As is sometimes the case, people in urgent need of information have a higher degree of expectation than those of us as experts are able to give. The experts on this site do their best to give the most accurate and responsible answers possible. We ask that you remember that it is not our intention nor place to criticize the professional advice given by your veterinarian, nor is it appropriate for us to comment on the correctness of a diagnosis made by a licensed physician. Our knowledge is experience based. Although many years of breeding and showing cavies gives me a wealth of experience it cannot change the fact that we as experts are not veterinarians and therefore may occasionally have to reject questions that appear to be asking us to criticize advice given by the licensed professional. Having raised and exhibited cavies for many years I have extensive experience in cavy care and husbandry. I currently have an active breeding program for pedigreed show animals but do not encourage backyard breeding for inexperienced owners. Although I don't encourage breeding for fun I'm always happy to answer any questions from an owner who is in sincere need of help. Pet owners wanting to breed should understand that even experienced breeders have litter losses. The mortality rate is high in cavies. The chance for losing both sow and pups is always present, even with experience. Although this is a site for experts to assist owners, there is no expert in any field who has all the answers. The wisest thing a good expert can know is their limitations. Not having an answer does not diminish one's ability or knowledge. It simply shows that we recognize our limitations and operate within them.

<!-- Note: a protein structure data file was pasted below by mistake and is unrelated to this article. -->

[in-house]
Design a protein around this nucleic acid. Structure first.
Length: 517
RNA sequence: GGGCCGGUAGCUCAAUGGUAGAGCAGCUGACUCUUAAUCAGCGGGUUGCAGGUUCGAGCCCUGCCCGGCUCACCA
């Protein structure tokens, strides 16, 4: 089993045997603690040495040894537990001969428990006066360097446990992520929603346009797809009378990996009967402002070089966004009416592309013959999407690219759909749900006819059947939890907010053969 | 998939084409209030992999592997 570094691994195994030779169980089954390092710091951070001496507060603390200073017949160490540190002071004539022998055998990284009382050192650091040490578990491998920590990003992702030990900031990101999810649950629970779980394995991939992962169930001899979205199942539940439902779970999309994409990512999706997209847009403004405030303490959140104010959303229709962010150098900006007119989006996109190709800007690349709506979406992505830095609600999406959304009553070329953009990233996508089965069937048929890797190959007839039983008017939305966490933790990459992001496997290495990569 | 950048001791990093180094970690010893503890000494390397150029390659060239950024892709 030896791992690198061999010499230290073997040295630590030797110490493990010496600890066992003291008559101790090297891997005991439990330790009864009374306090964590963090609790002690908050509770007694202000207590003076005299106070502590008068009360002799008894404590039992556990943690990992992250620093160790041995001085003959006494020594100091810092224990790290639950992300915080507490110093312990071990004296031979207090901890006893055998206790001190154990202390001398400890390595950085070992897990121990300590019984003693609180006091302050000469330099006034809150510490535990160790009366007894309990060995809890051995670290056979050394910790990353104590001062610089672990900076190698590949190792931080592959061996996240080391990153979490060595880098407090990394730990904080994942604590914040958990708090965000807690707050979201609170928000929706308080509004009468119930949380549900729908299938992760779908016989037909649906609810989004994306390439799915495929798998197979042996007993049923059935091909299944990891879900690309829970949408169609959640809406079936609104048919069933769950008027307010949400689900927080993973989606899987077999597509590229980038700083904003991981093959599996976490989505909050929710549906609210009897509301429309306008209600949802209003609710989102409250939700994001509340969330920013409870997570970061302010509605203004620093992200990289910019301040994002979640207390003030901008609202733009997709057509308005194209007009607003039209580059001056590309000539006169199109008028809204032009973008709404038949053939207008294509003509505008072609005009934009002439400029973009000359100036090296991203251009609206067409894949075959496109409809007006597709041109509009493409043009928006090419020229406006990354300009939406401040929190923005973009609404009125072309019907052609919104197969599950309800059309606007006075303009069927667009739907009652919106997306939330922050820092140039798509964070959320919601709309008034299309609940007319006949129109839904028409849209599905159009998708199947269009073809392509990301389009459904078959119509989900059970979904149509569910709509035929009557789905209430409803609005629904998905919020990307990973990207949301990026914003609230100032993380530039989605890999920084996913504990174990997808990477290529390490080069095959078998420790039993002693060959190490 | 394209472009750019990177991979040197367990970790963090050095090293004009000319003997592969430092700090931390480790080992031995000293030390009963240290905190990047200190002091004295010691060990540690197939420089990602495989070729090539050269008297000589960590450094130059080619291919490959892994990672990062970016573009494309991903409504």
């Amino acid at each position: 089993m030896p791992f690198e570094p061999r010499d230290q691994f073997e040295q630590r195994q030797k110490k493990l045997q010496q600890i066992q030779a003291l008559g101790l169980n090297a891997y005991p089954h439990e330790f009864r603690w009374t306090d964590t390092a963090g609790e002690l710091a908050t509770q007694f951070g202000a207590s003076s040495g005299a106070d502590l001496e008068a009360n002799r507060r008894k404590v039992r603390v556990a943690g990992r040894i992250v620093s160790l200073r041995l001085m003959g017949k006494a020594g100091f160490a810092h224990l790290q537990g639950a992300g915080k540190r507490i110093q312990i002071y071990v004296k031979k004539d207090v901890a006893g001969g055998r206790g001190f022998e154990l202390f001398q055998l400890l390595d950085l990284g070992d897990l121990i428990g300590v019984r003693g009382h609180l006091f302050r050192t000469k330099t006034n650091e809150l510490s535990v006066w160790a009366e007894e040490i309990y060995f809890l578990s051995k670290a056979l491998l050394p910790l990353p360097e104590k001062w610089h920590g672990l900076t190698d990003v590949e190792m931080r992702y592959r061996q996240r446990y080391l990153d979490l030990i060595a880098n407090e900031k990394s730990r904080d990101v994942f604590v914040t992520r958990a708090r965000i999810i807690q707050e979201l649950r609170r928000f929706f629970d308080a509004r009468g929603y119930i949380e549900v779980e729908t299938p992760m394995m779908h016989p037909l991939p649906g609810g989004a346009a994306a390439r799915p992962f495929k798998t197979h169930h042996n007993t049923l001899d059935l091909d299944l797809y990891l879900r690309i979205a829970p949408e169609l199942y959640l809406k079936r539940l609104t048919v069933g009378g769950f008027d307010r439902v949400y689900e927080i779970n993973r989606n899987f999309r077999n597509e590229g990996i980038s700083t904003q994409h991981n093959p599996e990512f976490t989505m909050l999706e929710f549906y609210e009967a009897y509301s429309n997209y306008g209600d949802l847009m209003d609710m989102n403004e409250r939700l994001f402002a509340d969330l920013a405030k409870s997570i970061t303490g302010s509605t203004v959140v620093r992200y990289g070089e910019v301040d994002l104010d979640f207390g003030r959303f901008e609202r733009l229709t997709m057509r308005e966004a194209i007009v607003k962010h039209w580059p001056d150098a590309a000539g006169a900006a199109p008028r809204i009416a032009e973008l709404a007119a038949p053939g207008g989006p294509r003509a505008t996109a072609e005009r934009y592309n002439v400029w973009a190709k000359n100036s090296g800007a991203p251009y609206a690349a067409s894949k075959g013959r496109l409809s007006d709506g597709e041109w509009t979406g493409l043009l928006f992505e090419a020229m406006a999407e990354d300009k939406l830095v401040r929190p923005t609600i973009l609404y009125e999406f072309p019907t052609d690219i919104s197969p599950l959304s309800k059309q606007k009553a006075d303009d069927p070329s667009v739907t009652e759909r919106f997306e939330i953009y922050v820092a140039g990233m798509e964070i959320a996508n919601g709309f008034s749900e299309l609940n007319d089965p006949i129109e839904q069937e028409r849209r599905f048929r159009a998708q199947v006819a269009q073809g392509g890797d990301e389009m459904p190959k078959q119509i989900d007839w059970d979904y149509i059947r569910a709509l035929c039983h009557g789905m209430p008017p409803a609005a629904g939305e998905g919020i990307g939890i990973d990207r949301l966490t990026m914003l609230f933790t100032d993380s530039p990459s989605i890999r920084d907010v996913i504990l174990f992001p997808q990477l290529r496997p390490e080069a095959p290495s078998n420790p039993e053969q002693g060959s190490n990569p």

Raised and shown cavies for many years, having aquired my first cavies in the early 1970's as pets. My caviary currently handles 65 + animals in two different breeds and several varieties. Having been in the health care industry as a licensed nurse for 35 years I have hands on experience with care and needs in both humans and cavies. Member of American Rabbit Breeders Association and American Cavy Breeders Association.

Awarded Lifetime Membership in of one of the oldest cavy clubs in the United States, on whose Board I served as Sec/Treas for six years and currently serving as President. Also editor/publisher of the club's quarterly newsletter. We are strong supporters of our youth exhibitors, most of whom are 4H members who are working on cavy projects. Through these projects they become good responsible citizens. We deal with all aspects of showing, breeding, caring for and sharing experiences in the fancy. The cavy fancy is not a new one but in some areas is still relatively unknown. Our goal is to inspire interest in high quality, responsible breeding to improve the species, not just the reproduction of guinea pigs. Our job is to educate owners to help them make the right decisions and choices in the care of their cavies.

Graduate in nursing. Certified in emergency medicine.